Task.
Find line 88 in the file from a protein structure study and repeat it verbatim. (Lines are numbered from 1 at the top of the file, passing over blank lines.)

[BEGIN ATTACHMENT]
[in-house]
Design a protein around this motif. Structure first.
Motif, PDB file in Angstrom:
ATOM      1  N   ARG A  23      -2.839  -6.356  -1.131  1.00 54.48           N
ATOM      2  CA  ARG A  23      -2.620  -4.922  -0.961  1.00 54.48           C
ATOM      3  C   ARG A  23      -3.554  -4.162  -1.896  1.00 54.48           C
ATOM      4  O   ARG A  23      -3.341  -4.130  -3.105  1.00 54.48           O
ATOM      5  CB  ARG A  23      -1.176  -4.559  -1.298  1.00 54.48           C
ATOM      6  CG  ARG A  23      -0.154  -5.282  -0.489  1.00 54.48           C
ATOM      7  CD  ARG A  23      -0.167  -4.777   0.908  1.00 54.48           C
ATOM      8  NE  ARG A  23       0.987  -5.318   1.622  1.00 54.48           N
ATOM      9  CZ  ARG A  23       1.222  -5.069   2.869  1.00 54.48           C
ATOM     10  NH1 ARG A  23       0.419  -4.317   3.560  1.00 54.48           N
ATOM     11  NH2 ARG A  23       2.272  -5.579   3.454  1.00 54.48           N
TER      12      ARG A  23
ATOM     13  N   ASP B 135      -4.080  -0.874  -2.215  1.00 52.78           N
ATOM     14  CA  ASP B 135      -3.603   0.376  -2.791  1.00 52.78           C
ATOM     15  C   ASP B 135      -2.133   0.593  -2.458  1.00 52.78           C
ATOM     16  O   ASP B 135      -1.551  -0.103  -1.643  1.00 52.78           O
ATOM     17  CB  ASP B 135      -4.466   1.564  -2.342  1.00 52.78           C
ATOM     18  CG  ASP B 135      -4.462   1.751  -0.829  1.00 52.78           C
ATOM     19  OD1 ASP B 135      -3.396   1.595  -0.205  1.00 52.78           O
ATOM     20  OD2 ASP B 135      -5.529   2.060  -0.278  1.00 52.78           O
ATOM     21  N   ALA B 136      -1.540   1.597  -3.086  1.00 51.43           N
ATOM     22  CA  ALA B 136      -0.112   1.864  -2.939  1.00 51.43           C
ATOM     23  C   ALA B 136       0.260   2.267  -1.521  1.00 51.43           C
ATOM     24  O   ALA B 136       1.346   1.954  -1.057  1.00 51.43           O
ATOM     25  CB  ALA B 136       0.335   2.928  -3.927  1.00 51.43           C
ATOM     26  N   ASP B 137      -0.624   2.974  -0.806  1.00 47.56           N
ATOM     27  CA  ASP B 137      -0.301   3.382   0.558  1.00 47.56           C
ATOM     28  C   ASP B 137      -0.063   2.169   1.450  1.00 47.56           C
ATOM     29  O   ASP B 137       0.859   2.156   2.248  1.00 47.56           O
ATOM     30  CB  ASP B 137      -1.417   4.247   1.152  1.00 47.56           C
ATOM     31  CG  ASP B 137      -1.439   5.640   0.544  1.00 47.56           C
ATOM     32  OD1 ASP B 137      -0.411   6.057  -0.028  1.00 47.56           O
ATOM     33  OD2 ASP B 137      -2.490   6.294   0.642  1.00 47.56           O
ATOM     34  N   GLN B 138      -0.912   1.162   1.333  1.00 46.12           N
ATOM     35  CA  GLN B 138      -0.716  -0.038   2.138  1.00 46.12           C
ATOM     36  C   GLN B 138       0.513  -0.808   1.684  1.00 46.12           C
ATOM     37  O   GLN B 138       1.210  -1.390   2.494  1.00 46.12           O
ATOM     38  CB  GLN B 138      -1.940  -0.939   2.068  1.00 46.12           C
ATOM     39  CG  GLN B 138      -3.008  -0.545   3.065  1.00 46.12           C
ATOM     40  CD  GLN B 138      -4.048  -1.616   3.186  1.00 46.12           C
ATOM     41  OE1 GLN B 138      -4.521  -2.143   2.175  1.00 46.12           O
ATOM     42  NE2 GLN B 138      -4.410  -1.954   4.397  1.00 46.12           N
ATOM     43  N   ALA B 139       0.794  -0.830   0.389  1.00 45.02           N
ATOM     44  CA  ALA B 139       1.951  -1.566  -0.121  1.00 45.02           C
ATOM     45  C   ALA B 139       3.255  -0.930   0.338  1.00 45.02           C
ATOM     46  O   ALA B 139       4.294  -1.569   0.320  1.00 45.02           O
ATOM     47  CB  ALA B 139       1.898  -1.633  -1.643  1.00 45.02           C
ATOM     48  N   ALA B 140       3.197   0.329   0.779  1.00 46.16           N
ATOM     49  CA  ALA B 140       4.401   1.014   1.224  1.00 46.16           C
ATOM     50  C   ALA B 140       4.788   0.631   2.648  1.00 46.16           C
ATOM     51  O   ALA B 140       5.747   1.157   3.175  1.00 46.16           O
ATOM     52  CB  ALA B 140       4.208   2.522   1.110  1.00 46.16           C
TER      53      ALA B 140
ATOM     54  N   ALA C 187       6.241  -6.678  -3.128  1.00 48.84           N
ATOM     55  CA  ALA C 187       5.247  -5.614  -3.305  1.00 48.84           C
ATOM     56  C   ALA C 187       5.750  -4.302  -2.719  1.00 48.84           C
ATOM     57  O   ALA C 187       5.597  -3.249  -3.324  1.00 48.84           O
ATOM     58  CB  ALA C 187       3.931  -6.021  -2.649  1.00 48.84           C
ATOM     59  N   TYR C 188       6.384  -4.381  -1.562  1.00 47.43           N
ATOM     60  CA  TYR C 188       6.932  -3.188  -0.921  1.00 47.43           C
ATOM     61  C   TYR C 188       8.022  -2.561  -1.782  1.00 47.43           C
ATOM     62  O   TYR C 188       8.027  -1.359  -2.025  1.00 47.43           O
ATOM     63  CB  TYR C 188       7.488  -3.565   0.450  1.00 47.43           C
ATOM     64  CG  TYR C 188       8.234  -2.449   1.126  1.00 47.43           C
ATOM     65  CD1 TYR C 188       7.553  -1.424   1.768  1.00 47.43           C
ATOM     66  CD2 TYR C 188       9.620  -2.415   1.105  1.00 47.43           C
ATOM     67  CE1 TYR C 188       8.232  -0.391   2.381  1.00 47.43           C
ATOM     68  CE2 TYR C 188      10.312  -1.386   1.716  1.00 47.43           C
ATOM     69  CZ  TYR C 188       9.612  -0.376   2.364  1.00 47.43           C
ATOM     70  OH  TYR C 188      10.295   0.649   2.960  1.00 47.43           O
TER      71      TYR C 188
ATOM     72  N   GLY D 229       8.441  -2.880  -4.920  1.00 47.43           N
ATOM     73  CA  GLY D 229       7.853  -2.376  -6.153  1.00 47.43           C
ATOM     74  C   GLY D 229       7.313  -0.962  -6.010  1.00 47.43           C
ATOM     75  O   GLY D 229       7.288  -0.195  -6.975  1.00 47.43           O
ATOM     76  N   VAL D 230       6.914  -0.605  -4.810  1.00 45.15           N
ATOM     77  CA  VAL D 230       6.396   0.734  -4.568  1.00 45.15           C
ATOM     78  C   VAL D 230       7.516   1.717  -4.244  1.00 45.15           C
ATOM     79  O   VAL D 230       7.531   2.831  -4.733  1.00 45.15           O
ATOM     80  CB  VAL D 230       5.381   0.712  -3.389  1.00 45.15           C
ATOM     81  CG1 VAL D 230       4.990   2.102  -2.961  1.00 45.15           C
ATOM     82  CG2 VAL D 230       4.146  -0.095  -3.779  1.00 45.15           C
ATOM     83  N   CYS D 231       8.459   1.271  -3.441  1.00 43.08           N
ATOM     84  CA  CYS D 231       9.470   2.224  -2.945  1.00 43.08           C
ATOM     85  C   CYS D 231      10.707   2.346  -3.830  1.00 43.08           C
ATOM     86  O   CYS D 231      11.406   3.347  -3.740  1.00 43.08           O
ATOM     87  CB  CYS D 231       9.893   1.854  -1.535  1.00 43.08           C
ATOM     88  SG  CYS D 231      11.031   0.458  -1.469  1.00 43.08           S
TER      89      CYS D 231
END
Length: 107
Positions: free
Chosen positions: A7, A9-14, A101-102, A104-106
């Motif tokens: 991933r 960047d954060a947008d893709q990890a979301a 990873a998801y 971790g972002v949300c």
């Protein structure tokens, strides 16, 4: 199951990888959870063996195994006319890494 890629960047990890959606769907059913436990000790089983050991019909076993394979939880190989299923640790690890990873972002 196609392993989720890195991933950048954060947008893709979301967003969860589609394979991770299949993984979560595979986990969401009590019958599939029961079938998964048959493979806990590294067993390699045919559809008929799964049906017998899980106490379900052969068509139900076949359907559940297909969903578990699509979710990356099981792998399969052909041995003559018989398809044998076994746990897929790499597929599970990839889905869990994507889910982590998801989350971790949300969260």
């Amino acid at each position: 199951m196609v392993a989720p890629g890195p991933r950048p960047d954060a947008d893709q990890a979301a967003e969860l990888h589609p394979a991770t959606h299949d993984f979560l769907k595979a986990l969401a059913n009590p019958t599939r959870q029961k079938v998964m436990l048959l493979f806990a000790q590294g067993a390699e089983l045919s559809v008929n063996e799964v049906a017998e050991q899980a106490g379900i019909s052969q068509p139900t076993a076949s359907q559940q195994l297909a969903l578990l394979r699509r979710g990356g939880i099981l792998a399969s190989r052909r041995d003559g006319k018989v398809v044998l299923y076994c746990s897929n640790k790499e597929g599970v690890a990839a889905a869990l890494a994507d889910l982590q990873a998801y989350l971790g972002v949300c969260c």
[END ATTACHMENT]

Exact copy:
ATOM     85  C   CYS D 231      10.707   2.346  -3.830  1.00 43.08           C